Another way to look at NFTs is conferring digital ownership to someone. Hakan Estavi has the digital ownership of Jack Dorsey’s first tweet. He can now sell it to someone else. If I screengrabbed Jack’s tweet and try to sell it, I probably won’t have much luck. Well, you never know…

This has set a precedent for the sale of other NFTs of internet history. Don’t be surprised to see ‘Me at the zoo’, the first ever YouTube video and Myspace’s Tom Anderson’s iconic profile photo up for sale as NFTs.

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Cristina Pellini
May 17, 2021 7:44 pm

I get the sense that Jack Dorsey has seen the interest in NFTs either from his own research or his connections in the tech space, and used it for his philanthropic motives. The interest in NFTs has skyrocketed recently. We can see this on Google Trends. Almost no interest until February 2021 and then an explosion. Dorsey’s timing couldn’t have been better.

Dorsey has been vocal about his wish to donate money through his charity, Start Small. A public tracker is also available for review, showing how much has been disbursed and how much is remaining. Almost $400 million has been disbursed to date to organizations such as CARE, Malala Fund and Women’s Global Education Project.

The $2.9 million from the sale of Dorsey’s first tweet was converted into Bitcoin and donated to GiveDirectly, a charity that gives cash directly to those living in poverty.

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Amin Rashad
May 17, 2021 6:13 pm

I had only heard about NFTs a few weeks ago when news was published about Beeple, a digital artist, who sold 5,000 days of his work as an NFT for $69 million. I didn’t really understand it and swatted it away as some obscure news. But then I heard about Jack Dorsey’s first tweet going for $2.9 million. This was a bit different. You can sell a tweet!? For that much!? I’ve looked into NFTs a bit more now and am tempted to invest. Here are some other big NFT sales:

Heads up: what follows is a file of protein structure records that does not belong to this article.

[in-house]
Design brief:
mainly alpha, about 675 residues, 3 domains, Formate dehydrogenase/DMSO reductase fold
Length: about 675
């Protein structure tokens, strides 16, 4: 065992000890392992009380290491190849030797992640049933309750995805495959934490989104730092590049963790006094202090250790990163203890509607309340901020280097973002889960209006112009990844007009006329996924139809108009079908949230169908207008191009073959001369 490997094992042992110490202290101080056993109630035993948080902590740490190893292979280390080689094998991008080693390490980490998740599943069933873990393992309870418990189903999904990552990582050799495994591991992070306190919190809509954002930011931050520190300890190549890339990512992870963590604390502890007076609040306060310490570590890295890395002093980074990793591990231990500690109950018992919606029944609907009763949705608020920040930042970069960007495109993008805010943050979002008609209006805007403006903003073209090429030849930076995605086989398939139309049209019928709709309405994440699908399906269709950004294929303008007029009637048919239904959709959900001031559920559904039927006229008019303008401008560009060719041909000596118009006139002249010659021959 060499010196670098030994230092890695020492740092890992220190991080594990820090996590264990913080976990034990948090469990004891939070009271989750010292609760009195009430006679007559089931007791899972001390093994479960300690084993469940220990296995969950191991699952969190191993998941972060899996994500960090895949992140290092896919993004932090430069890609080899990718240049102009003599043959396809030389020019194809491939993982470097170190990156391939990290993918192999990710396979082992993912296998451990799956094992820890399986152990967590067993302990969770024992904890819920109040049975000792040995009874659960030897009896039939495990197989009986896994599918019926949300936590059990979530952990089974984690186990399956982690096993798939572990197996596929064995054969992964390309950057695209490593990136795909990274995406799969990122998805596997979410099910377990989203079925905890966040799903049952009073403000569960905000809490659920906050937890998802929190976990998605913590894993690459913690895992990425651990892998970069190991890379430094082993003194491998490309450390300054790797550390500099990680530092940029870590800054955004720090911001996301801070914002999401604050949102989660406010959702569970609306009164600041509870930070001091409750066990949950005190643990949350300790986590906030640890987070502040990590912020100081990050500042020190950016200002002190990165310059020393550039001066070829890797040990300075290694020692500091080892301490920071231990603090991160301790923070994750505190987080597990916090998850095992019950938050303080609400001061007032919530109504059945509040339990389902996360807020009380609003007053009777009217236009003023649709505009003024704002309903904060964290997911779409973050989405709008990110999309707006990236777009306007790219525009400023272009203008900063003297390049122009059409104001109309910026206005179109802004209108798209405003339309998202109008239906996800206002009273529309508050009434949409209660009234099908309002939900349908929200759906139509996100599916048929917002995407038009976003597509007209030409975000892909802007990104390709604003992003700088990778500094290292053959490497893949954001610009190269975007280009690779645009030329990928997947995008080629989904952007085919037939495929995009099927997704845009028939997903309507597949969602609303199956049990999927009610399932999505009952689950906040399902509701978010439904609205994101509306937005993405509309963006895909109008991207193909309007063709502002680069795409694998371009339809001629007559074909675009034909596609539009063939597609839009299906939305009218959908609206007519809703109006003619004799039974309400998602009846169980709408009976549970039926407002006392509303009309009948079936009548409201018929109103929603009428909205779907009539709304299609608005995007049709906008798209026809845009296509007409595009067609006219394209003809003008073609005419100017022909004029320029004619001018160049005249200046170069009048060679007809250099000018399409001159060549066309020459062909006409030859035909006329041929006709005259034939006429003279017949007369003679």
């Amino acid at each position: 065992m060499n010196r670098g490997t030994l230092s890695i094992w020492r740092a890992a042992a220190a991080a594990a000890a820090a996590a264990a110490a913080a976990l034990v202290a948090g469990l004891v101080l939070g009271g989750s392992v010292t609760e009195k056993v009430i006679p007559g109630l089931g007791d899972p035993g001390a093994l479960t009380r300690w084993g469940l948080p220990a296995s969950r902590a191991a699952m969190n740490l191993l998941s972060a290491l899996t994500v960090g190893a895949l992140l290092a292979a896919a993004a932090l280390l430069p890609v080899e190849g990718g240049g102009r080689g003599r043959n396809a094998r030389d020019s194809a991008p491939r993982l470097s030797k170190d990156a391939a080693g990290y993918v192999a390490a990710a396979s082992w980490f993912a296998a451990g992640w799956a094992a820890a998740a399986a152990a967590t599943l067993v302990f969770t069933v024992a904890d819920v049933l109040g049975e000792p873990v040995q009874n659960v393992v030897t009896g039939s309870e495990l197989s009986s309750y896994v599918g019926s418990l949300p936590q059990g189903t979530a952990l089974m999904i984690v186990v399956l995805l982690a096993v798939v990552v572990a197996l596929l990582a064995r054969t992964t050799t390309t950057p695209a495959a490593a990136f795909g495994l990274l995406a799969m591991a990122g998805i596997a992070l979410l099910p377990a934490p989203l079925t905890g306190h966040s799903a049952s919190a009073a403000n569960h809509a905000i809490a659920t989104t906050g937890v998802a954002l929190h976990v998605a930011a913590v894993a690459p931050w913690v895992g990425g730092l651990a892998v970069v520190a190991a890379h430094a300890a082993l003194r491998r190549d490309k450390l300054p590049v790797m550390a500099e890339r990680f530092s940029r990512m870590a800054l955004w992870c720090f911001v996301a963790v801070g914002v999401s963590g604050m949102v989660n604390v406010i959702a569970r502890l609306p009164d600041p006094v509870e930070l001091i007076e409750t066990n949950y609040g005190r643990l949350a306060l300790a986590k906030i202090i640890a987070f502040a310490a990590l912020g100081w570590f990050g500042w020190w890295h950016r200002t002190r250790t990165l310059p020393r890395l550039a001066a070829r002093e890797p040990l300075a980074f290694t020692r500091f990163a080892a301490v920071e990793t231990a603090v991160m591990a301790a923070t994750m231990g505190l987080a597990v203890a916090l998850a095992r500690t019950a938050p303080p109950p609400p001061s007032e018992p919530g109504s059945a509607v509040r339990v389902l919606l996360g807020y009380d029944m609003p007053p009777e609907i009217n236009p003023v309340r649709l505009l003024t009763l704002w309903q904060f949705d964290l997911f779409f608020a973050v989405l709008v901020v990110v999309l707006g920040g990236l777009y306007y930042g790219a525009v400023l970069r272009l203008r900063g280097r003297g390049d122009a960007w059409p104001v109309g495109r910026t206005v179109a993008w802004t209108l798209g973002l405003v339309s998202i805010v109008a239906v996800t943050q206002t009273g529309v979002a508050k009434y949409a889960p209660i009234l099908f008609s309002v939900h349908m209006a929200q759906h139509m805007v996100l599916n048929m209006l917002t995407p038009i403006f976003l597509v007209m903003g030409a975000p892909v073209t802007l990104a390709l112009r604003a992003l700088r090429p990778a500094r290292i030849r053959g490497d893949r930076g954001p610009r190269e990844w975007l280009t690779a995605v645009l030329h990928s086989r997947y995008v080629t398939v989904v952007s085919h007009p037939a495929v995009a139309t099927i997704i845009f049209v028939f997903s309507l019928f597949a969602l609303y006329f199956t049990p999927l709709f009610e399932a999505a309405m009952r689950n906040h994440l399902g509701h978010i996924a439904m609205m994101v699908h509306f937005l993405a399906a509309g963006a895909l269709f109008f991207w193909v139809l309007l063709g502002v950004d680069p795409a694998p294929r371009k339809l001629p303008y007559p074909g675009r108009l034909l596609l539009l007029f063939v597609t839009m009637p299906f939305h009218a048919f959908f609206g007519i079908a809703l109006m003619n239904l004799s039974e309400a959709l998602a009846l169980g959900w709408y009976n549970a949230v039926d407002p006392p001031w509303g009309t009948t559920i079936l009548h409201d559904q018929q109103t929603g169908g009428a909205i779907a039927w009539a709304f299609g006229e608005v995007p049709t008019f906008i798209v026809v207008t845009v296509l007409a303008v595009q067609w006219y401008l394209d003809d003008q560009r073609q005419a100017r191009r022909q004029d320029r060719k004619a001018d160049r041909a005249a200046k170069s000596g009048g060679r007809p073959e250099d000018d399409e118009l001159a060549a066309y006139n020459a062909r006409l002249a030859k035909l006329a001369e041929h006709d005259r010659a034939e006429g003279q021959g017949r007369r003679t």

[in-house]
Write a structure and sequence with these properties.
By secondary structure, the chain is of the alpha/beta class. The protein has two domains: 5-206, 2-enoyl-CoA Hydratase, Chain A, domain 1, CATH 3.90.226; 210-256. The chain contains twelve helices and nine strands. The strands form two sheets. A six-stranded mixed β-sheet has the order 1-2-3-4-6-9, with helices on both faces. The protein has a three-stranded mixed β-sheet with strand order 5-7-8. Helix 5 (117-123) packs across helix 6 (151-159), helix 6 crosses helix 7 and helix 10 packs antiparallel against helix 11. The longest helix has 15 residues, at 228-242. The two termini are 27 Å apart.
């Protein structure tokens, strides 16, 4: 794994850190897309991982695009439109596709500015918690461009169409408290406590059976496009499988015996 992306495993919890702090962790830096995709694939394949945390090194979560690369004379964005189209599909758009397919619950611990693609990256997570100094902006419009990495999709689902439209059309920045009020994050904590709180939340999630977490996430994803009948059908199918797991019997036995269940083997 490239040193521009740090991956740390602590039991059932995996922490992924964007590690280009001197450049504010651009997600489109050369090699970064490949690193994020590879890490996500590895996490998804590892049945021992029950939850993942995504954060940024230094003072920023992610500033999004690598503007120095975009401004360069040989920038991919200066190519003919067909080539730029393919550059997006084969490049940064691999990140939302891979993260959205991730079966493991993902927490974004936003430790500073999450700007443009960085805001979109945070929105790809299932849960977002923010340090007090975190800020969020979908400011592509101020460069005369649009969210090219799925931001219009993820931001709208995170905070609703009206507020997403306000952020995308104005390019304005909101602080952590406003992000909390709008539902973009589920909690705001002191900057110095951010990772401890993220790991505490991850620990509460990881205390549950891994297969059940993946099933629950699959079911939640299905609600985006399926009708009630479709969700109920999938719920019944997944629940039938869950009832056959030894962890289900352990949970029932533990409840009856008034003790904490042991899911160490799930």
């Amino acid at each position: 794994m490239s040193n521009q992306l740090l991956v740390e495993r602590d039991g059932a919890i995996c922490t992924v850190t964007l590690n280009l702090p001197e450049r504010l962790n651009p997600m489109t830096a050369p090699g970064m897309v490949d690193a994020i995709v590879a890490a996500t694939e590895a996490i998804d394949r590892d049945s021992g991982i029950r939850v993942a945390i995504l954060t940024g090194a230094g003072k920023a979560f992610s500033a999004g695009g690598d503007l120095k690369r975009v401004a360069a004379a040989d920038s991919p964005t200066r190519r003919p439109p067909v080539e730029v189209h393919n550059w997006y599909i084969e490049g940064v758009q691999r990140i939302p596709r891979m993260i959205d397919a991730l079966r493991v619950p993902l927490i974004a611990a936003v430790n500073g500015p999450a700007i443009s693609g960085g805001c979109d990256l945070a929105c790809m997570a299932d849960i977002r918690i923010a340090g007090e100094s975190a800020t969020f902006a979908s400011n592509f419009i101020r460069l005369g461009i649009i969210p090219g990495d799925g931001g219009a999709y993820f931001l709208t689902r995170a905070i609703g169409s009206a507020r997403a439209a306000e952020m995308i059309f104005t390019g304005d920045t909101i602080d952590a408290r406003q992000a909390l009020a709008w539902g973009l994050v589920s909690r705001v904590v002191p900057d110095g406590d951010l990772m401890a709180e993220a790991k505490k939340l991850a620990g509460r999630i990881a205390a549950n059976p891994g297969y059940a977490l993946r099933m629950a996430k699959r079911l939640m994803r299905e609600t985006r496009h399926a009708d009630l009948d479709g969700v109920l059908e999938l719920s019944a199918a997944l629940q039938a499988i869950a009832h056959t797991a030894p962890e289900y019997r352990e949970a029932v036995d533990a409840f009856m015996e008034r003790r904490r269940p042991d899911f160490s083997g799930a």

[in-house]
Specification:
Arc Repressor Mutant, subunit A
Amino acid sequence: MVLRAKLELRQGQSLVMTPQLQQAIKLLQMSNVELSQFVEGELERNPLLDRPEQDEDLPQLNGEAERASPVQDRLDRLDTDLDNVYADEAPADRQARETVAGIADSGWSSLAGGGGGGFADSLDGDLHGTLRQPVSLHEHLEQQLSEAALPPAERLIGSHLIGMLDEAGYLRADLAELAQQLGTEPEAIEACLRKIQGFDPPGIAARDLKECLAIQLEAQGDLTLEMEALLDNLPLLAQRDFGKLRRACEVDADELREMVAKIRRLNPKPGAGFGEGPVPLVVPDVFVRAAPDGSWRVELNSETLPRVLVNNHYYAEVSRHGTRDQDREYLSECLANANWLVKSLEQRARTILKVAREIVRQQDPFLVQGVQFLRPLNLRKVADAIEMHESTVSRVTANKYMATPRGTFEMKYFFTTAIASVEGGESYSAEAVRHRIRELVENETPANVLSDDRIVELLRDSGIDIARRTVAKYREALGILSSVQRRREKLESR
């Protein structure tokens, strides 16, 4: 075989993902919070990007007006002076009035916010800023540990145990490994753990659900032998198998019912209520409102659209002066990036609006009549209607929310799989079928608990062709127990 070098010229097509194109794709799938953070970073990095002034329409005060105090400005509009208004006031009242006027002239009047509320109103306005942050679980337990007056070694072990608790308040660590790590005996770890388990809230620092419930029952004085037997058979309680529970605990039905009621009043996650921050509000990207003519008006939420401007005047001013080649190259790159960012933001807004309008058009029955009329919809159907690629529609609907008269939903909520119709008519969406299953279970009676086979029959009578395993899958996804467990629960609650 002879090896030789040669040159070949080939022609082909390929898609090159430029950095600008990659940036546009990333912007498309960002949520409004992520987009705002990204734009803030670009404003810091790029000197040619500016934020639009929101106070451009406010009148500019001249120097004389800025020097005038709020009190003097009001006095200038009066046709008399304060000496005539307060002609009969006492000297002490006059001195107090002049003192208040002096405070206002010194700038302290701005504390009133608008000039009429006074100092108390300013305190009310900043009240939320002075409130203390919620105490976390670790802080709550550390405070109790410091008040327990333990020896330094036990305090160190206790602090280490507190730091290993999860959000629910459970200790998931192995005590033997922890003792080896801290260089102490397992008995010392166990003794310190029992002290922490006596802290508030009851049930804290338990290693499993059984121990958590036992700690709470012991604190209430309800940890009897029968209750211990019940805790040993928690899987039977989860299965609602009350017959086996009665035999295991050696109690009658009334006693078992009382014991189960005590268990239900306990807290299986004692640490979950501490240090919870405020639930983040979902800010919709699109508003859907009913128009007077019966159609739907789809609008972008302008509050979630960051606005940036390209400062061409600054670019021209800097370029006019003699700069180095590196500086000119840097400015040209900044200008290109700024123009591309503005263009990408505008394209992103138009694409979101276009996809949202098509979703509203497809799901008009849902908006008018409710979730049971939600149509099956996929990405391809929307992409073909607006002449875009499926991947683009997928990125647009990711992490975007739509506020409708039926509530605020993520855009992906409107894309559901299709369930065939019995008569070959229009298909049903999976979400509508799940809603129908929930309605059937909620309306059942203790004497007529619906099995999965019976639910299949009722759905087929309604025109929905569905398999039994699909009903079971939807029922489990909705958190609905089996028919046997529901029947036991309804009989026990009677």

The first tweet to use a hashtag
The first tweet to use a hashtag sold for $10k. It was by Chris Messina, a product developer at the time, who suggested using the # sign as a way to arrange groups on August 23, 2007. Interestingly, Messina didn’t profit off of his hashtag idea. He’s finally got a payout for it, although $10k feels far too low for an idea that changed the world of social media.

Alyssa Milano’s MeToo tweet
The MeToo movement existed long before Alyssa Milano’s tweet on October 15, 2017 in which she wrote, “If you’ve been sexually harassed or assaulted write ‘me too’ as a reply to this tweet.” However you can credit a lot of exposure to the movement because of this tweet, which currently has a high bid of $8,200.

Elon Musk and Dogecoin
One word: Doge. Currently bid at $7,777.77. That tweet would have taken a maximum of 5 seconds to post. Well done Elon.

Working on Myspace
Myspace. The precursor to today’s Facebook, Instagram and TikTok world. Myspace wasn’t the first, but it was one of the biggest. On April 4, 2007, Tom Anderson, the founder of Myspace, let us know he was “working on myspace”. Just as simple as Jack Dorsey’s “just setting up my twttr” but not as valuable. Myspace usage didn’t keep up with Facebook and Twitter’s. The Tweet would probably be worth a lot more today if it had. Still, $12,200 for Tom Anderson’s tweet is nothing to scoff at.